// archives

Civil Rights

This category contains 113 posts

It’s Not Even Past.

“The early American economy was built on slave labor. The Capitol and the White House were built by slaves. President James K. Polk traded slaves from the Oval Office…[B]lack history does not flatter American democracy; it chastens it…Black nationalists have always perceived something unmentionable about America that integrationists dare not acknowledge — that white supremacy is not merely the work of hotheaded demagogues, or a matter of false consciousness, but a force so fundamental to America that it is difficult to imagine the country without it.”

In a long, deeply-researched, and very worthwhile essay, Ta-Nahesi Coates surveys the sweep of American history to make the case for reparations — “by which I mean the full acceptance of our collective biography and its consequences”. “Liberals today mostly view racism not as an active, distinct evil but as a relative of white poverty and inequality. They ignore the long tradition of this country actively punishing black success — and the elevation of that punishment, in the mid-20th century, to federal policy.”

Coates’ historical case here — ranging from 1619 to the present day and resting on works by Edmund Morgan, Eric Foner, Ira Katznelson, and others (he even gets in the oft-forgotten Tulsa riots) — is air-tight and undeniable. At the very least, we could all stop pretending that four centuries of shameful discrimination and brutality didn’t happen, and acknowledge that, as Coates points out, it remains manifest in everything from our housing policies to the wealth gap to our absurd incarceration rates.

Along those lines, granted this may be changing soon, but it remains ridiculous that we have a very powerful Holocaust Museum on the Mall, but no equivalent museum or memorial about our own national original sin, slavery. The Holocaust Museum is very appropriate for DC: It is an unforgettable reminder of the systematized depravities that even supposedly civilized societies can commit. But we need to start considering the beam in our eye more seriously as well.

This piece also dovetails nicely with one of my favorite Cornel West quotes: “To understand your country, you must love it. To love it, you must, in a sense, accept it. To accept it as how it is, however is to betray it. To accept your country without betraying it, you must love it for that in it which shows what it might become. America — this monument to the genius of ordinary men and women, this place where hope becomes capacity, this long, halting turn of the no into the yes, needs citizens who love it enough to reimagine and remake it.”

Beats, Rhymes, Life to Bling-Bling-Bling.

“Whereas ‘My Adidas’ highlighted consumer items, ‘Picasso Baby’ is all about unattainable luxury, fantasy acquisitions. Within the first ten words of the song, Jay Z ensures that no one in his audience can identify with the experience that he’s rapping about…hip-hop has become complicit in the process by which winners are increasingly isolated from the populations they are supposed to inspire and engage…[I]t’s a significant turnaround and comedown for a music that was, only a little while back, devoted to reflecting the experience of real people and, through that reflection, challenging the power structure that produces inequality and disenfranchisement.”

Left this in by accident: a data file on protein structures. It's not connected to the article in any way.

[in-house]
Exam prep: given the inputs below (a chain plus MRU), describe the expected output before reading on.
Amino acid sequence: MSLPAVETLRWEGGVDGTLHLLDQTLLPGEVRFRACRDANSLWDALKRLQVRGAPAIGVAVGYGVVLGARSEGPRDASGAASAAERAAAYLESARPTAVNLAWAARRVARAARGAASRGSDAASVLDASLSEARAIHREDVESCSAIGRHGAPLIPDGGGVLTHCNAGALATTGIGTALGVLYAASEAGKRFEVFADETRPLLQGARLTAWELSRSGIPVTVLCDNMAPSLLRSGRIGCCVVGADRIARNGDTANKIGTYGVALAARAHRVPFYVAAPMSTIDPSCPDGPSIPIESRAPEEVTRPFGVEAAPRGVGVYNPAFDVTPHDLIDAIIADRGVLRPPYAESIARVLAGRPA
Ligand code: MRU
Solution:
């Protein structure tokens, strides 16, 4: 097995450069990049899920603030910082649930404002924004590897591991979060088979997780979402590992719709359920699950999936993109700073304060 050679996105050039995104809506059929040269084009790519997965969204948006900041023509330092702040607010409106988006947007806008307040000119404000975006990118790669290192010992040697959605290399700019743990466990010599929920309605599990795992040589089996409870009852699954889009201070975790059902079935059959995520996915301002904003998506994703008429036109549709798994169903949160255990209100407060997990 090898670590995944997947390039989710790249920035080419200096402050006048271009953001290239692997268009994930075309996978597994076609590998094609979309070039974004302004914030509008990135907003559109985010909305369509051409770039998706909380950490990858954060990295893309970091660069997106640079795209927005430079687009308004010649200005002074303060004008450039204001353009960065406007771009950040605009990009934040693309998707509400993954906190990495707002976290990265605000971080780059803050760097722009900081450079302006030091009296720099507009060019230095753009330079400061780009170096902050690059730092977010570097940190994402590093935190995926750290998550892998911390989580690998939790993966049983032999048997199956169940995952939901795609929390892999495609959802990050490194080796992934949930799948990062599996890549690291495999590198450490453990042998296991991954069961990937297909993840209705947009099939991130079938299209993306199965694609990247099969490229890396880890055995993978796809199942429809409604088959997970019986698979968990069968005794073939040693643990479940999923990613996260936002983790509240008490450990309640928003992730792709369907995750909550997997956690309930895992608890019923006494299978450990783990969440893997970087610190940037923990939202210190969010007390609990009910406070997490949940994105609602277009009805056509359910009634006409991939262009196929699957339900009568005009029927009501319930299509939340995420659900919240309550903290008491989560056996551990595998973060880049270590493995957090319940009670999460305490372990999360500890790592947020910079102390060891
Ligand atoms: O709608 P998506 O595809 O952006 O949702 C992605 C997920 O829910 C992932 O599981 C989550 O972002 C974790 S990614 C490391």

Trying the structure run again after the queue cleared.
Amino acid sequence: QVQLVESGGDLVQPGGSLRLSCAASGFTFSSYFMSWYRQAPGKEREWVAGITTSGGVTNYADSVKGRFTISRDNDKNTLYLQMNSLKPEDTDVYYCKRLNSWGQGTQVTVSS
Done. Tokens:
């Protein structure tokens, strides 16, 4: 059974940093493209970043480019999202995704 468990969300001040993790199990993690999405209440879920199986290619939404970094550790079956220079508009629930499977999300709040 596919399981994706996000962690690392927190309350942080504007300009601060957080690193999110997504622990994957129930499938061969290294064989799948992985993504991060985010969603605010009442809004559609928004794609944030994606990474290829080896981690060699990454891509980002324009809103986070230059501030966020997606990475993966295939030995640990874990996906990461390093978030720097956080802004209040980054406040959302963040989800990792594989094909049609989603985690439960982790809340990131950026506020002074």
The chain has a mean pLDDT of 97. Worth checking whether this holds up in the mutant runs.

In a six-part-series for Vulture, The Roots‘ Questlove explains, in his view, how hip-hop has failed black America. [Part 1.] Only two parts in, but so far he’s dead on. I know I’m turning forty this year, so there’s probably no small amount of Get-Off-My-Lawn involved. But, imho of course, something went wrong when commercial hip-hop took the hyper-consumerist turn awhile ago.

Back in the day, you had East vs. West coast (if I got to choose a coast, I got to choose the East — I live out there, so don’t go there), the Pan-racial, regular guy optimism of the Native Tongues; the history- and political-minded hip-hop of Public Enemy, Gangstarr, X-Clan, KRS-One; the skewed pop-culture funhouse of the Wu-Empire, rappers like Slick Rick, Nas, & Rakim working their own unique thing.

Now, some of Kanye’s experimenting aside, the hip-hop mainstream — from my admittedly limited perspective — seems to be mainly concerned with needle boats. “Who’s to blame? It’s hard to say. Certainly, Puff Daddy’s work with the Notorious B.I.G. in the early ’90s did plenty to cement the idea of hip-hop as a genre of conspicuous consumption.”

Then again, as a few people pointed out in the comments, the evolution of hip-hop from diversity to commodity isn’t happening in a vacuum. The music world, in most any genre, seems to be in a really bad way these days. But again, this is always the aging person’s lament. Now Get Off My Lawn.

Omsbudsdog Emeritus

Recent Tweets

Photos on flickr

Pinterested

Follow Me on Pinterest 
My Pinterest Badge by: Jafaloo. For Support visit: My Pinterest Badge

Visions



Predestination (7/10)

Currently Reading


The Invisible Bridge, Rick Perlstein

Recently Read

Homage to Catalonia, George Orwell

Uphill All the Way

Syndicate this site:
RSS 1.0 | Atom (2.0)

Unless otherwise specified, the opinions expressed here are those of the author (me), and me alone.

All header images intended as homage. Please contact me if you want one taken down.

GitM is and has always been ad-free. Tips are appreciated if the feeling strikes.

Archives